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Introduction

In Ontario, a student who has been identified as Exceptional through an IPRC must have an Individual Education Plan (IEP) developed and maintained. An IEP may also be prepared for students who require accommodations, program modifications and/or alternative programs, but who have not been identified as exceptional by an IPRC.

An IEP identifies the student's specific learning expectations and outlines how the school will address these expectations through appropriate accommodations, program modifications and/or alternative programs as well as specific instructional and assessment strategies. Click here to access the Ministry of Education's website and read more information on IEPs.

The Ministry of Education’s IEP Resource Guide identifies some of the IEP basics as follows:

  • Reason for developing the IEP
  • Student profile
  • Assessment data
  • Strengths and needs (based on assessment)
  • Subjects, courses or alternative programs to which the IEP applies
  • Accommodations
  • Learning expectations
  • Instructional and assessment strategies
  • Provincial assessment (accommodations and exemptions)
  • Transition plan

Click here to access a copy of the IEP Resource Guide, in PDF.

For students with learning disabilities (LDs), the Ministry of Education, through PPM No. 8 - Identification of and Program Planning for Students with Learning Disabilities, provides specific direction to school boards in the areas of assessment, identification, and program planning.

Click here to access a copy of PPM No. 8, in PDF.

But beyond IEP basics, are there other considerations to developing an effective IEP? This article assists educators in exploring elements that can contribute to developing an effective IEP, including a focus on age/grade appropriate curriculum, a strengths-based approach and student voice.

Image of the classroom

Age/Grade Appropriate Curriculum

According to PPM No. 8, the IEP of students with learning disabilities may include the following special education program strategies, with the goal of providing a program that maximizes the student’s ability to access the curriculum:

  • Instructional, environmental, and assessment accommodations should be provided, as appropriate, so that the student is able to access grade-level curriculum expectations and to demonstrate learning.
  • Modification of learning expectations may include the use of expectations at a different grade level and/or an increase or decrease in the number and/or complexity of expectations.
  • Modified learning expectations that are drawn from a lower grade level will only be considered if the student cannot demonstrate learning with the aid of any of the approaches and/or strategies described above.
  • Alternative expectations and/or courses that are not derived from an Ontario curriculum policy document (e.g., expectations focused on social skills, self-advocacy, transition planning, study skills) will be developed as needed.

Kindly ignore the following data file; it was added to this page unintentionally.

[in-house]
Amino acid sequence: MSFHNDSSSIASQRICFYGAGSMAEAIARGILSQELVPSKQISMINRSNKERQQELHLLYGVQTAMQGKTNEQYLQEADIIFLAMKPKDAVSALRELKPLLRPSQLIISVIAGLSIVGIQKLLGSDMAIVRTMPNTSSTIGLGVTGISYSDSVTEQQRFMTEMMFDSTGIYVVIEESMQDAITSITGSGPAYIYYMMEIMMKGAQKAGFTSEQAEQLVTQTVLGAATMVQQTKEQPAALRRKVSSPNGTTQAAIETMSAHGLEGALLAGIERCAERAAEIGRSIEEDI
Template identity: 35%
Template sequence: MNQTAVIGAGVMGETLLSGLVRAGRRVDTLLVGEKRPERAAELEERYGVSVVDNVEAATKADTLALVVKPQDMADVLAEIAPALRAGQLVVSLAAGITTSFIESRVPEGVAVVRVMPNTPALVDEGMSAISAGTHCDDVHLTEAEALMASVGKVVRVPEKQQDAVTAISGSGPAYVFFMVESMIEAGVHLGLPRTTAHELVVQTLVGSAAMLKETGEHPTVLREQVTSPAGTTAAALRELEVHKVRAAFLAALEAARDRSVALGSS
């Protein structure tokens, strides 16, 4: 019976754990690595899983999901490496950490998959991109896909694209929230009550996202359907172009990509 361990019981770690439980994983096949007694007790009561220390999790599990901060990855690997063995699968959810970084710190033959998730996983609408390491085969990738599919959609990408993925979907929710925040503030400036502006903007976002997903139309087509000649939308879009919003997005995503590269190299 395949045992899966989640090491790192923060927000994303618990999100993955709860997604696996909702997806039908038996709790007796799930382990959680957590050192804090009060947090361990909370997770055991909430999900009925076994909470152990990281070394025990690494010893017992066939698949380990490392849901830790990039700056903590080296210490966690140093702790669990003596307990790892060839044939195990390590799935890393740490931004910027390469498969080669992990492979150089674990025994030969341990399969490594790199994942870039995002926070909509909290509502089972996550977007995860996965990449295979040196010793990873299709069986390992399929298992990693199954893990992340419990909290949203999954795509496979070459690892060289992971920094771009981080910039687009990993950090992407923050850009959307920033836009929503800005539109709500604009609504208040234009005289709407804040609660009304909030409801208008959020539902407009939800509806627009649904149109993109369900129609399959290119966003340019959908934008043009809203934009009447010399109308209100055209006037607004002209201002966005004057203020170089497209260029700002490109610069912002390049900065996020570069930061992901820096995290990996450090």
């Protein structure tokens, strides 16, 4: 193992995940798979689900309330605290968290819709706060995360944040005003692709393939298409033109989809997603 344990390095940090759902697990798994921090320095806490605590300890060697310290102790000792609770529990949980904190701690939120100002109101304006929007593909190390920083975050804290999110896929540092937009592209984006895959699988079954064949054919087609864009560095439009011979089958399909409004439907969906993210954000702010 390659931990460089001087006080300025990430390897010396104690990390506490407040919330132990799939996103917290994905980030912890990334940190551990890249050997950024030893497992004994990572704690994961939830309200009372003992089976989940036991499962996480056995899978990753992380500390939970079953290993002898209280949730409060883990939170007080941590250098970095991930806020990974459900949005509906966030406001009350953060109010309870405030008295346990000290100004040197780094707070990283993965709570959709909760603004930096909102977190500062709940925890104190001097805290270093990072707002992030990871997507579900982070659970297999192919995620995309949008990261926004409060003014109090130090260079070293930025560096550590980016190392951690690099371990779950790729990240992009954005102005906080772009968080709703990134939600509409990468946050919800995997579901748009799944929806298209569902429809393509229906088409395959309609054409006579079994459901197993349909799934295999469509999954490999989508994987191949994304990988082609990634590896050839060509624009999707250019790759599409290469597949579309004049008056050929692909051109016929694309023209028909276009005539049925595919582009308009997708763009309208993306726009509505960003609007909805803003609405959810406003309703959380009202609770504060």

All too often, decisions are made to modify the curricular expectations for students with LDs because they don’t seem to be able to access their age/grade curriculum.

However, students with LDs have average to above average cognitive ability and they have the right to access age/grade level curriculum, with the appropriate accommodations.  Modifying curriculum may have cumulative and negative long-term implications for students with LDs. It is important for educators to focus on “curriculum integrity” and not rush to modify.

The following chart, from the IEP Resource Guide, outlines instructional, assessment and environmental accommodations that can help students with LDs access the grade level curriculum and demonstrate learning:

Instructional Accommodations Environmental Accommodations Assessment Accommodations
  • Buddy/peer tutoring
  • Note-taking assistance
  • Duplicated notes
  • Contracts
  • Reinforcement incentives
  • High structure
  • Partnering
  • Ability grouping
  • Augmentative and alternative communications systems
  • Assistive technology, such as text-to-speech software
  • Graphic organizers
  • Non-verbal signals
  • Organization coaching
  • Time-management aids
  • Mind maps
  • More frequent breaks
  • Concrete/hands-on materials
  • Manipulatives
  • Tactile tracing strategies
  • Gesture cues
  • Dramatizing information
  • Visual cueing
  • Large-size font
  • Tracking sheets
  • Colour cues
  • Reduced/uncluttered format
  • Computer options
  • Spatially cued formats
  • Repetition of information
  • Rewording rephrasing of information
  • Extra time for processing
  • Word-retrieval prompts
  • Taped texts
  • Alternative work space
  • Strategic seating
  • Reduction of audio/visual stimuli
  • Study carrel
  • Minimizing of background noise
  • Quiet setting
  • Use of headphones
  • Special lighting
  • Assistive devices or adaptive equipment

 

  • Extended time limits
  • Verbatim scribing